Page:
These two questions are the two sides of the same problem.
If the A/D converter has a dynamic range of 147dBc/Hz which
is what the Delta44 provides, a converter in front of it
that has the same dynamic range will degrade performance by
6dB. At the low end the two noise floors will add to raise
the noise floor by 3dB and at the high end, the third order
IM will add and make IM3 6dB stronger which will bring IP3
down by 3dB. The WSE converters have a much larger dynamic
range than the Delta44 and therefore each one of them degrades
the dynamic range by about one dB only. The price to pay
is a lot of power dissipation from all the RF power amplifiers.
> > I studied Leif's papers on the WSE system's four modules .
> > I am fascinated by the stuff but I am still a bit confused
> > with regard to above paragraph.
> > Please, any help is welcome.
> I am not an RF Engineer, but I know that there is a reason
> there are many, many multiple conversion receivers out there
> and very few direct conversion designs.
The WSE RX2500 and the converters to use with it is something very
special. The performance is about 20dB above "state of the art"
except for IP3 which is below "state of the art". It is designed
this way because of the great unbalance between BDR and IM3
limitations in a conventional top class radio.
There will soon be a lot of software receivers out there,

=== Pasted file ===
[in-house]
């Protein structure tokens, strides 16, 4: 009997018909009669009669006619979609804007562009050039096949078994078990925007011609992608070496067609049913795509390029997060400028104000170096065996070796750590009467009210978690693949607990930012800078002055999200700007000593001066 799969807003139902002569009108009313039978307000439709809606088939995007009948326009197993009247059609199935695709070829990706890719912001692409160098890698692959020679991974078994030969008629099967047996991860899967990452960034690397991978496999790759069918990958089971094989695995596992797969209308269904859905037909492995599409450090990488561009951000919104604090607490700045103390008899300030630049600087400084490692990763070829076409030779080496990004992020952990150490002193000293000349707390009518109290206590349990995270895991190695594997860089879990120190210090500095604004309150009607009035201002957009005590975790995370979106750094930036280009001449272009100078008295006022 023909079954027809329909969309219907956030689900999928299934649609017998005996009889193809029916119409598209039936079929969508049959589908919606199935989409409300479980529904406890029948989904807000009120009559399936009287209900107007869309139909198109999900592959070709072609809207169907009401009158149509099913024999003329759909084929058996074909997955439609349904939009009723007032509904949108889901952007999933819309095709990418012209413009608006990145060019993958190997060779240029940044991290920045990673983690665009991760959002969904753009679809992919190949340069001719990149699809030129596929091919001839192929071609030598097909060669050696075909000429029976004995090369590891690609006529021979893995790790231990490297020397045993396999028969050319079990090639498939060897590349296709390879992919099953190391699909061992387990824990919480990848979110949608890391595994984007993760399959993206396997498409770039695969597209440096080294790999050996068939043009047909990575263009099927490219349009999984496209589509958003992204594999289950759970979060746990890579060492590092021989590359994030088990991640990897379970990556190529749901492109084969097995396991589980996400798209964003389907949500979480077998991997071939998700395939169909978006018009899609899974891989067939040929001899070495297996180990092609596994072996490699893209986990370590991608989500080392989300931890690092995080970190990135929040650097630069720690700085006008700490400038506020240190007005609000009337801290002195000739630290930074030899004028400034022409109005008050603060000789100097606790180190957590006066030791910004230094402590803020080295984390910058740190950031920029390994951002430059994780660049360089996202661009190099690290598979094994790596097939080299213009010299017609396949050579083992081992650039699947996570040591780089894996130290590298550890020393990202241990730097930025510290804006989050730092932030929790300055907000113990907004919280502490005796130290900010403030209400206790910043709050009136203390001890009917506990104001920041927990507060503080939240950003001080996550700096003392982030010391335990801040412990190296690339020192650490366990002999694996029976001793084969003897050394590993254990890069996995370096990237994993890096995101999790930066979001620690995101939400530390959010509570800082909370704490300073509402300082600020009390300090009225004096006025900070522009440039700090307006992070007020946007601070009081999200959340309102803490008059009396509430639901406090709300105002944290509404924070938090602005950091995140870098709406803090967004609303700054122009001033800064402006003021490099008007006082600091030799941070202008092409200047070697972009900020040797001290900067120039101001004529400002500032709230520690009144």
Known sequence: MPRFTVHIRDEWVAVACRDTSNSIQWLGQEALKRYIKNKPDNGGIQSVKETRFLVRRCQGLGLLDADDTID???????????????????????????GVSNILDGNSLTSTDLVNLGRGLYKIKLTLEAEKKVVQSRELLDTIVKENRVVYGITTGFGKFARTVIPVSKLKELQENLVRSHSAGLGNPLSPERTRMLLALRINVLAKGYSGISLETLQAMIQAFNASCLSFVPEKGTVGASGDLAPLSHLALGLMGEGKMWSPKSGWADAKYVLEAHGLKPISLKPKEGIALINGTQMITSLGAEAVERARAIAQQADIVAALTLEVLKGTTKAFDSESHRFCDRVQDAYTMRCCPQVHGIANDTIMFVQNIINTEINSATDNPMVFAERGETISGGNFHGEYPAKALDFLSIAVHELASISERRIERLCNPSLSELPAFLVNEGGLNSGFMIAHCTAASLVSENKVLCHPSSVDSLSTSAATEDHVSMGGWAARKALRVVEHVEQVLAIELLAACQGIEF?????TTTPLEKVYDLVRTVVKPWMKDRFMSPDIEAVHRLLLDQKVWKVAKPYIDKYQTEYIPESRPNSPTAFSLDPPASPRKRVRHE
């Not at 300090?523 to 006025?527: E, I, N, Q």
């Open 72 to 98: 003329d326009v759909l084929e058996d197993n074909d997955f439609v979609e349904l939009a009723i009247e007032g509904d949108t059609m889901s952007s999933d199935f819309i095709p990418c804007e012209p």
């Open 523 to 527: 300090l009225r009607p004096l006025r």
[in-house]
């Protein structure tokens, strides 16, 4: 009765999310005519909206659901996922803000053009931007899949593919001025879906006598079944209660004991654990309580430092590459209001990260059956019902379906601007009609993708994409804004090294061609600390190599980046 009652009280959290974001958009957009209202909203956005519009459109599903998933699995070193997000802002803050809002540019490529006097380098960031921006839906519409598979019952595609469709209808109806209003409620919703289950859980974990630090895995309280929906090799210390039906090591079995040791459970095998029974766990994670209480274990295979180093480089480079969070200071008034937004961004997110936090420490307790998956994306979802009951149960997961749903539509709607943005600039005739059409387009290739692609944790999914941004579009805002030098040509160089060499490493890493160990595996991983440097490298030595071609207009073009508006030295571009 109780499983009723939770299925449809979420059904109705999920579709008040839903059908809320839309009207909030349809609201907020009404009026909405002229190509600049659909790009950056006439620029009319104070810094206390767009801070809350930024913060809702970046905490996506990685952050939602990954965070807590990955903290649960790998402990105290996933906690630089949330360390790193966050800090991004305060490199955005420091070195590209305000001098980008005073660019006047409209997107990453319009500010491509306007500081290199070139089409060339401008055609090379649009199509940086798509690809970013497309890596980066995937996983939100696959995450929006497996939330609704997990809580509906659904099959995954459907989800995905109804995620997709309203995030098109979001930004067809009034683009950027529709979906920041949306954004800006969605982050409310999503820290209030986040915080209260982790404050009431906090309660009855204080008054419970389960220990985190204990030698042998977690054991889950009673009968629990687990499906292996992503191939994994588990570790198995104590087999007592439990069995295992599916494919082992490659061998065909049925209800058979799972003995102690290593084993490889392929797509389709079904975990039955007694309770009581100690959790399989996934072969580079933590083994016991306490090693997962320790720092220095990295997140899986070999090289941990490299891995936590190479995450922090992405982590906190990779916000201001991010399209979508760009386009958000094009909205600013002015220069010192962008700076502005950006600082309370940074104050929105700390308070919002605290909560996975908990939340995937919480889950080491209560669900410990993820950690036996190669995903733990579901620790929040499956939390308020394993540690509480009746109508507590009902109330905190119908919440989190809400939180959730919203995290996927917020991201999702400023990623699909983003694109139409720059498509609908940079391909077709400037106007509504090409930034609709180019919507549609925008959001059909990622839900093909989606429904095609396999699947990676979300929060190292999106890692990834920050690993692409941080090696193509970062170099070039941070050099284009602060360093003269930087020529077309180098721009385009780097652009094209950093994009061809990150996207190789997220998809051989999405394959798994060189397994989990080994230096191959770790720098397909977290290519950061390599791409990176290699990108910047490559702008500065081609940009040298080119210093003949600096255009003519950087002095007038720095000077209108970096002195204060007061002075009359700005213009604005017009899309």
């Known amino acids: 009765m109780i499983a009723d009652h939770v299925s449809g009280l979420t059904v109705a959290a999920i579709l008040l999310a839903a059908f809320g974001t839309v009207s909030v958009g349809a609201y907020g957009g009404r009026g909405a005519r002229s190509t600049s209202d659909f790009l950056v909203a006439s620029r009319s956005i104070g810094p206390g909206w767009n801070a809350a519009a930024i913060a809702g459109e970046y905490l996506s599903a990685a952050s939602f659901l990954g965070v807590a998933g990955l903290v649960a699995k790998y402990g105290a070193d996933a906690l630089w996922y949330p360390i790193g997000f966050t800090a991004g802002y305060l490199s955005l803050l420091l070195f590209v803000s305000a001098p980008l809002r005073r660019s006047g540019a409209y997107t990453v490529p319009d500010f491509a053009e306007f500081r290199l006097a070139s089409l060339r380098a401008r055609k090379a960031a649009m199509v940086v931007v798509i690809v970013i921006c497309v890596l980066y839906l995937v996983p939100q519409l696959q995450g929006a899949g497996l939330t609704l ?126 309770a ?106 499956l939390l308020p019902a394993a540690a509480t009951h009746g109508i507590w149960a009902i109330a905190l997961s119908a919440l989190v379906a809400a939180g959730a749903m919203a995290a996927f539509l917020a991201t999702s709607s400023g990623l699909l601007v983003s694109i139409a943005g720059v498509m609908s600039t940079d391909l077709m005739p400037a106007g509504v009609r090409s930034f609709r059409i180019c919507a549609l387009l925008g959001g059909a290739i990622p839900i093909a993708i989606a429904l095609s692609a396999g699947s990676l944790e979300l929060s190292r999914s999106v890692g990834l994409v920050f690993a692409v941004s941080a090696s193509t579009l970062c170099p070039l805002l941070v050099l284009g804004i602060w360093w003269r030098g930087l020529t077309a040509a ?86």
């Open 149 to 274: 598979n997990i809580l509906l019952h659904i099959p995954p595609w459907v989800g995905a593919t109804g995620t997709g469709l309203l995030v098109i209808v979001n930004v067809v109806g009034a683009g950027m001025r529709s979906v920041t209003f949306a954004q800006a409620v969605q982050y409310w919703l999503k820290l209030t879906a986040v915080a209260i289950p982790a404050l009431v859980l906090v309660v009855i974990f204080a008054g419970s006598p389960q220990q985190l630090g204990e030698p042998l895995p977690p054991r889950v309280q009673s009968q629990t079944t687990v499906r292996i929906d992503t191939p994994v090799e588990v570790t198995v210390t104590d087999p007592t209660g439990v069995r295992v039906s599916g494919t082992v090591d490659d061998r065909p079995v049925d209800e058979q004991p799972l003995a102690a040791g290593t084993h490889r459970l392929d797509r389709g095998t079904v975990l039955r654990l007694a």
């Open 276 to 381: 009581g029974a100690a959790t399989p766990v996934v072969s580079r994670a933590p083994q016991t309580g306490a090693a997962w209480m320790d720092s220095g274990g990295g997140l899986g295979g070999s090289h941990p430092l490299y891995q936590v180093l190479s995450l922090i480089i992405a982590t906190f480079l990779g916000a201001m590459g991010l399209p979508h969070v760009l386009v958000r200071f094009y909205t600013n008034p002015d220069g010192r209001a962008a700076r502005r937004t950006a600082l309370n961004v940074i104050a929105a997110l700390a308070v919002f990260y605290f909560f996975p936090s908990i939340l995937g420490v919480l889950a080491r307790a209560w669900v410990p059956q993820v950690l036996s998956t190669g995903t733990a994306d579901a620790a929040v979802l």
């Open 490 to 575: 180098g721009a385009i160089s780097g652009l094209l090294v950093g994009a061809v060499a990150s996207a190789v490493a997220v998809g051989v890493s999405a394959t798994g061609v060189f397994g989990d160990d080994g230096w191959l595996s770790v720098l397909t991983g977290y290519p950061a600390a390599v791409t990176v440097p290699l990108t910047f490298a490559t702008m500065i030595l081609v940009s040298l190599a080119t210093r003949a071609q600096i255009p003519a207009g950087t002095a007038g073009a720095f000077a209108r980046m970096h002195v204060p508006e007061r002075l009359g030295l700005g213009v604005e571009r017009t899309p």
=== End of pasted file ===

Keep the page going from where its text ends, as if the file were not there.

there is already the SDR-14 http://www.rfspace.com and there
will be many more in the future. These receivers will probably
require additional RF filters to provide useful performance
on HF bands because of spurious responses and limited dynamic
range. I fear that too many hams will go ahead and use SDRs
without adequate roofing filters and they would then generate
a rumour "the good old analog radio is much cleaner than that
modern digital stuff". I decided to make a digital radio that
will invalidate such a statement with a broad margin.
It is fun to connect a conventional 144MHz transmitter to the
RX144 input (through an attenuator). I tried the IC 706 already
and I will carry the equipment to two meetings this summer
and collect spectra of various rigs. SSB and CW mode:)
Unfortunately the ARRL lab test data is not very reliable
(understatement). We do have a lot of qrm from each other
that could be avoided. Every owner of a WSE system can
easily do accurate transmitter tests and tell his friends